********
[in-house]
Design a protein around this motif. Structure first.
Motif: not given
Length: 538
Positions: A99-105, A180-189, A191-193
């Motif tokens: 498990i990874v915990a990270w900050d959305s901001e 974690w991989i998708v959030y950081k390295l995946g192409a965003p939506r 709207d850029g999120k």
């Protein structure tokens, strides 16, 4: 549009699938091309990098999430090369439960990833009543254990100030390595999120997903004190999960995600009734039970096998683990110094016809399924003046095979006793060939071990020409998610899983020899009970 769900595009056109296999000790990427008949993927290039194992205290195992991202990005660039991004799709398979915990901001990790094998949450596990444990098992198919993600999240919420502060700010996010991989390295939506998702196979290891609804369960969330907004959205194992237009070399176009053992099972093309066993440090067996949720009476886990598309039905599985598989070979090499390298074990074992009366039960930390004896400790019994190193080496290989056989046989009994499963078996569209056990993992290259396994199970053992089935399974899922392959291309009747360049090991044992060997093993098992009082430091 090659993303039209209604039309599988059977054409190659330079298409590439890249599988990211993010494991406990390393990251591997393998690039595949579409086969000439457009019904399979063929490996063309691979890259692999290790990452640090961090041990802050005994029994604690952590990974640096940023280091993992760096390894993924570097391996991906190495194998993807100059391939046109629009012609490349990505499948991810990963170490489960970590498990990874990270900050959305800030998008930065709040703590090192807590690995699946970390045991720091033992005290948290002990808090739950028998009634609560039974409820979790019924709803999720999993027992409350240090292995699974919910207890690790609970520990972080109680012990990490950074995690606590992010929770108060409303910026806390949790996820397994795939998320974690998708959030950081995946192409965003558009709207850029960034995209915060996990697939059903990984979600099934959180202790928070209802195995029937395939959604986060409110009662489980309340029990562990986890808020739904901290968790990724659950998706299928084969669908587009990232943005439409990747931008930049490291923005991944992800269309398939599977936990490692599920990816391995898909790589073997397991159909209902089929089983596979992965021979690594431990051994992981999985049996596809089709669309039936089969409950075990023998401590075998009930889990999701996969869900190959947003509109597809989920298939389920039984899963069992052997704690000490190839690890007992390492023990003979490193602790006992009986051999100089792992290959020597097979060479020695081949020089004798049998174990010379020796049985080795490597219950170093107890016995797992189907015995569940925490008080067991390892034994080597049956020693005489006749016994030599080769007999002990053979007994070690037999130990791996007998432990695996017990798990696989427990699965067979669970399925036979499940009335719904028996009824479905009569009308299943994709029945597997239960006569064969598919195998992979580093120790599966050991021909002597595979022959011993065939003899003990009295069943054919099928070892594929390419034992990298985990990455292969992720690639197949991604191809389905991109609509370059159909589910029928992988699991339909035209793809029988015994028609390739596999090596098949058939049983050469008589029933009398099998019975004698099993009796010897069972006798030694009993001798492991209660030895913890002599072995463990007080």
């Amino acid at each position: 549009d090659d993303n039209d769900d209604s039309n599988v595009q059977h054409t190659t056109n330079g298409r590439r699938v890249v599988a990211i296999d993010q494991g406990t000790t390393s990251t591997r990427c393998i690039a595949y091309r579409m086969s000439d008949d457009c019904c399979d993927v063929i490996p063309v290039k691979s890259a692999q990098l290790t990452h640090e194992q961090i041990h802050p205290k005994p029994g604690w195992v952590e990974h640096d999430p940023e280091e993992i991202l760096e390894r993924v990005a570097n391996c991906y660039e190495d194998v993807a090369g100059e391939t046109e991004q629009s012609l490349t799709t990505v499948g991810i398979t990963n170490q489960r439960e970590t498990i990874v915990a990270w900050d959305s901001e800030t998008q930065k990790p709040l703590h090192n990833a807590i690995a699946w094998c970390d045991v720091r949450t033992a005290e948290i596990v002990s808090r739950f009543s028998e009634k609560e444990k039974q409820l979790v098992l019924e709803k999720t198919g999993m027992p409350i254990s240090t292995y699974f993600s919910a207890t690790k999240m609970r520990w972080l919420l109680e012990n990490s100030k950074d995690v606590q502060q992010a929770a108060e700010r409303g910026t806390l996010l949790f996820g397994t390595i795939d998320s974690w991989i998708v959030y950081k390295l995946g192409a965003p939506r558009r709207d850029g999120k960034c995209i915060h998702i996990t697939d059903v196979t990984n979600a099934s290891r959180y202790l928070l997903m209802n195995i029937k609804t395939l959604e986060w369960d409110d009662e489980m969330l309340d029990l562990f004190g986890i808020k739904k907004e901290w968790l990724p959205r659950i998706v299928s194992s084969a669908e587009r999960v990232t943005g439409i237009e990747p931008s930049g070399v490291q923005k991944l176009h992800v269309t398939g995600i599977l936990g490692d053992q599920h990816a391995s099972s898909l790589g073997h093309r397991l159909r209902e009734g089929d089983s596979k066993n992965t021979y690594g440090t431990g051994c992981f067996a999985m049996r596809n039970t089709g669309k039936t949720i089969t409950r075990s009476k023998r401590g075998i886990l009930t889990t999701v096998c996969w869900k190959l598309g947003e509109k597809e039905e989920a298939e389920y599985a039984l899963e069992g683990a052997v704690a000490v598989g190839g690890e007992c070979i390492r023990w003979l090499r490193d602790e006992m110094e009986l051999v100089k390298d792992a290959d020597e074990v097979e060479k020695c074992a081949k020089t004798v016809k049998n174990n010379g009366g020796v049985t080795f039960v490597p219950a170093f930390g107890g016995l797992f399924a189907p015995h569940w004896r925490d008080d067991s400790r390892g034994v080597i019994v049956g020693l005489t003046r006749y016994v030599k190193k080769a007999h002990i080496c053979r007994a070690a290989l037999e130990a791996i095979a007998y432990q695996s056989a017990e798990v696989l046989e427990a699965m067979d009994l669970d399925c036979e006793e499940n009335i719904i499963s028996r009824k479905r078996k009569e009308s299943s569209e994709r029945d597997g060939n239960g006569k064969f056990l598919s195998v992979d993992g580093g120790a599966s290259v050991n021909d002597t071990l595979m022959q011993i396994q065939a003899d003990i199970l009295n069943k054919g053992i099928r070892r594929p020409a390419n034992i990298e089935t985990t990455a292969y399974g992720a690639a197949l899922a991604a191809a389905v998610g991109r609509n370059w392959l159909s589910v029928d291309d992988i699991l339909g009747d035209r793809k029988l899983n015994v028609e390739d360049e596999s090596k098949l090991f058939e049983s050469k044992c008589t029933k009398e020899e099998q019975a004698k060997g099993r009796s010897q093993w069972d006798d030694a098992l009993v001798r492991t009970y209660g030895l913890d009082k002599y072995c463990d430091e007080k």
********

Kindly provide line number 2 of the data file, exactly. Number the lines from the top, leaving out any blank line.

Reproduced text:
Design a protein around this motif. Structure first.